Kthehu lart

The Beautiful Game should not mix with politics

The Beautiful Game should not mix with politics Author: Jakob Weizman GazetaExpress

Last week, I was able to experience the feeling of supporting your country on the football pitch for the first time, as I visited Podgorica, Montenegro to see Denmark play against Montenegro in the last round of qualifiers for the 2018 World Cup to be held in Russia.

Ever since I was a kid watching the World Cup on TV, seeing the fans full of pride go crazy for their country always made me dream of the day that I would be a part of that vibrant atmosphere, being able to cheer for your country and its colors is a wonderful feeling.

When I arrived in Podgorica, you could feel the nationalism within the Montenegrins and the Danes preparing for the match, as they headed to the pub to drink before the game.

The Danes and the Montenegrins got along perfectly, enjoying beers and singing songs of their country together. It was a great environment to be in, with no tension whatsoever.

And then that changed when the police came.

Rows and rows of policemen walked into the street to patrol the crowd, along with police cars. It made me feel as if there was something about to happen, as if we were going to start fighting with the Montenegro fans.

The policemen then began to direct us to go somewhere else away from the Montenegro fans, to a street that was fenced off and patrolled by the police. I was appalled, nothing remotely violent was even occurring beforehand.

It created an underlying tension between the two teams that would not have occurred had it not been for the police regulating the fans.

I understand that this may be protocol, but is this really necessary?

At the end of the match, after Denmark had won 1-0, we had to wait about half an hour for the Montenegro fans to leave first, in case a fight would break out afterwards. Once again we were directed to walk between the fenced off streets, avoiding the Montenegro fans.

If this is how a match is treated between two countries  with absolutely no political or historical tension between one another, I cannot even begin to fathom what it would be like if there were actually tension between the two.

This is not an article about Balkan history, or politics. I am merely attempting to make a call to football fans around the world and in the Balkans to stop bringing politics into the beautiful game of football.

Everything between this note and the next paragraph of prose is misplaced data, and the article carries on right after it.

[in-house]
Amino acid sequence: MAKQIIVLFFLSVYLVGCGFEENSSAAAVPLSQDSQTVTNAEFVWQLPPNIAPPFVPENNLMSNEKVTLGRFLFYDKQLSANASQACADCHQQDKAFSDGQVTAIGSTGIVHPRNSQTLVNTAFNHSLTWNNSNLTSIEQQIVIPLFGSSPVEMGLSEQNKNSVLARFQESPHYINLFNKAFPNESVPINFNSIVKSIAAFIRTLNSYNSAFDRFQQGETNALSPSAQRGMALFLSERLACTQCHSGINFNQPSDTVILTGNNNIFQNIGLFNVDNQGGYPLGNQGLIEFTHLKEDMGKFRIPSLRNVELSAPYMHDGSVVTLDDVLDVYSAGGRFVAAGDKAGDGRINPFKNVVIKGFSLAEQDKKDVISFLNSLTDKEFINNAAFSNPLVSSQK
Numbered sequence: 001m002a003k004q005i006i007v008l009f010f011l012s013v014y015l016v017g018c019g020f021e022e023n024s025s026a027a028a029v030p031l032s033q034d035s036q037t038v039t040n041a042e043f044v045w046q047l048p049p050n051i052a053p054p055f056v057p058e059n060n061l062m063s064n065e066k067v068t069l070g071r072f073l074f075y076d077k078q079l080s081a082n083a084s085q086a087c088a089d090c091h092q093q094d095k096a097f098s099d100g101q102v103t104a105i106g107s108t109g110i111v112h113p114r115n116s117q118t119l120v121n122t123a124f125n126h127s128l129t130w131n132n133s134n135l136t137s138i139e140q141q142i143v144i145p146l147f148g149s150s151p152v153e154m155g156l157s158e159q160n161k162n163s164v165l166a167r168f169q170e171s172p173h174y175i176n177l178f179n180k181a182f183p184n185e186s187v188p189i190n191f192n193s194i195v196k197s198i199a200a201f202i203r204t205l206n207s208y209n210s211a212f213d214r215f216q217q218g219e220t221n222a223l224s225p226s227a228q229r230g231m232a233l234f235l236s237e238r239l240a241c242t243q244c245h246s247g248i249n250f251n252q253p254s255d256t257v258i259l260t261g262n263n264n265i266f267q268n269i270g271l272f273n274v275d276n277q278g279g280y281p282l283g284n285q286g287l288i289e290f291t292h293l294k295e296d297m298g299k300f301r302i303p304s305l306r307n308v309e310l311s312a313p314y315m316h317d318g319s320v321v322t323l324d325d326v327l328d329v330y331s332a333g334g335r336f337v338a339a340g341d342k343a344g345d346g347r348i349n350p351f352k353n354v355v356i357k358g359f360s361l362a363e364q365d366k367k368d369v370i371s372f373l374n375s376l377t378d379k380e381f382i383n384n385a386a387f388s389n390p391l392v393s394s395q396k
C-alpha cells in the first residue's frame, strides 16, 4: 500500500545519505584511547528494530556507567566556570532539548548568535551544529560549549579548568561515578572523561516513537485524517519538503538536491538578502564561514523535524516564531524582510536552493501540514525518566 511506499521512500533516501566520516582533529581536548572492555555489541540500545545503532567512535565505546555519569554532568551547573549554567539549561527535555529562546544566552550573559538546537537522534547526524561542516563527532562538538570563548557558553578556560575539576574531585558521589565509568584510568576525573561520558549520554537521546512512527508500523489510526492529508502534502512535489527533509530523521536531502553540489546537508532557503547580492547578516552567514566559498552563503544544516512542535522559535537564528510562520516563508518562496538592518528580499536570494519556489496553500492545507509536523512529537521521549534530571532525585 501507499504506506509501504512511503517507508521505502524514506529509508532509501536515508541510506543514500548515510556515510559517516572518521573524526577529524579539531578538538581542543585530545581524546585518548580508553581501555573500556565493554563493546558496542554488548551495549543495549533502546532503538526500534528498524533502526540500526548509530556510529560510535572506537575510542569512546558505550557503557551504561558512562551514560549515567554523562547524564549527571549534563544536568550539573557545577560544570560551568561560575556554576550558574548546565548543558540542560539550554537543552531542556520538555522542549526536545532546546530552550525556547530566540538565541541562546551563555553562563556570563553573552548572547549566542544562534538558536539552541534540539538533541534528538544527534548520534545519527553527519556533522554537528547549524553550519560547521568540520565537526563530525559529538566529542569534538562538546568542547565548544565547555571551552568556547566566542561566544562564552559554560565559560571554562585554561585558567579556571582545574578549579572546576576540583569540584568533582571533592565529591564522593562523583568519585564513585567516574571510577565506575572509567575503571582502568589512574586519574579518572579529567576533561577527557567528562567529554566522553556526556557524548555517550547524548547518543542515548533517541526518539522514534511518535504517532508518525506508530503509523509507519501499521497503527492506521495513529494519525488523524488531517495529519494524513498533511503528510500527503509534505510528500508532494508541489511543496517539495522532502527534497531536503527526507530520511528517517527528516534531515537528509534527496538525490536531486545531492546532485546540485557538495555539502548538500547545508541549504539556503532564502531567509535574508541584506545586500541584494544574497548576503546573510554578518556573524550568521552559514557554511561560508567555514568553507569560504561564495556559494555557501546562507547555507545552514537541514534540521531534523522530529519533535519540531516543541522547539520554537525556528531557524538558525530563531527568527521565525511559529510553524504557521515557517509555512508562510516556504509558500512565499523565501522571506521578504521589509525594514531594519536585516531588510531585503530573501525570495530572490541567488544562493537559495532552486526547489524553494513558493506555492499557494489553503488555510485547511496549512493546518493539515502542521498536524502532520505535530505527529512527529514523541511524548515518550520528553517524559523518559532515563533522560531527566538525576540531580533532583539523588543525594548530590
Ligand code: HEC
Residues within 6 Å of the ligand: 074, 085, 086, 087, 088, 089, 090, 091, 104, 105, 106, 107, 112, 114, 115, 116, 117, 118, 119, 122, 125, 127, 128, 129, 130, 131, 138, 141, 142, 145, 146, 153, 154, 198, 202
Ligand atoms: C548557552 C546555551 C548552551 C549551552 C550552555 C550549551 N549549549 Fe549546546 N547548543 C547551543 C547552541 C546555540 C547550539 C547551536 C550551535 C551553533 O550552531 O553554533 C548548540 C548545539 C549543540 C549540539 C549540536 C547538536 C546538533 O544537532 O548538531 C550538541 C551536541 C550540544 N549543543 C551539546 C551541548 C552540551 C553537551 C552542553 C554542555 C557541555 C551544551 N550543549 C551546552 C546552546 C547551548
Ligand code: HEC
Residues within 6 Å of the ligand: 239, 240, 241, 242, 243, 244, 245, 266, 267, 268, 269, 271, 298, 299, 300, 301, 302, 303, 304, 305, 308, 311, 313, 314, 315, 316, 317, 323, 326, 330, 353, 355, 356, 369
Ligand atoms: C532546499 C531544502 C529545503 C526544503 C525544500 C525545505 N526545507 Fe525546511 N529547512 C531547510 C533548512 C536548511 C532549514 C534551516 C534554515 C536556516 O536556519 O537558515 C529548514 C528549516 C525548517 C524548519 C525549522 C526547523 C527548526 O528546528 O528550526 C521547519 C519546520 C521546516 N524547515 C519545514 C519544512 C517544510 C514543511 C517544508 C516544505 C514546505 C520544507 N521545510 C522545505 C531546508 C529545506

Take the Albania - Serbia game in 2014 for example, where fights broke out between the Albanian and Serbian fans after a drone flew over the field wielding the “Greater Albania” flag which represents Kosovo as a part of Albania, featuring the faces of two Albanian nationalists, Isa Boljetini and Ismail Qemali.

The words “Autochthonous” were displayed on the flag, and is considered offensive towards the Serbians. Serbian player Stefan Mitrovic tore the flag down, and it provided as a catalyst for clashes to break out between fans and players of the rival countries.

“We came to Belgrade to play football, but we were physically attacked by the Serbian supporters," said Albanian player Lorik Cana told reporters.

The game was suspended as it could not continue, with both football federations of Serbia and Albania being fined by UEFA for their inability to prevent the fighting.

This unfinished match serves as a prime example as to why politics and football should never mix. Of course some people would argue it is inevitable, but it is not difficult to attend a match to support your country rather than just shout insults at the other country to make things turn violent.

Rivalry matches such as Serbia and Albania are considered rivalry matches for a reason due to political and historical issues, so it is easy to understand why there will be tension at a match such as this.

But why bring hate into a sport that is not meant for political discussion? Do it elsewhere, but do not spoil what is supposed to be a great experience for everyone.

I understand the reasoning behind the protocol for the police to enforce security during these events, but the fact that they took extra measures to divide us from the opposing team is what struck a chord with me.

The purpose of football is not to bring people apart, it is to bring people together that share love for their country and for the sport. Passion filled with hate never accomplishes anything, especially when it is somewhat ‘expected’ of the fans to start fighting one another leading to the police believing it is entirely necessary to intervene in a unjust manner.

Let’s keep the beautiful game beautiful, not divided.

    Date: 10 October 2017 14:26
    Author: Jakob Weizman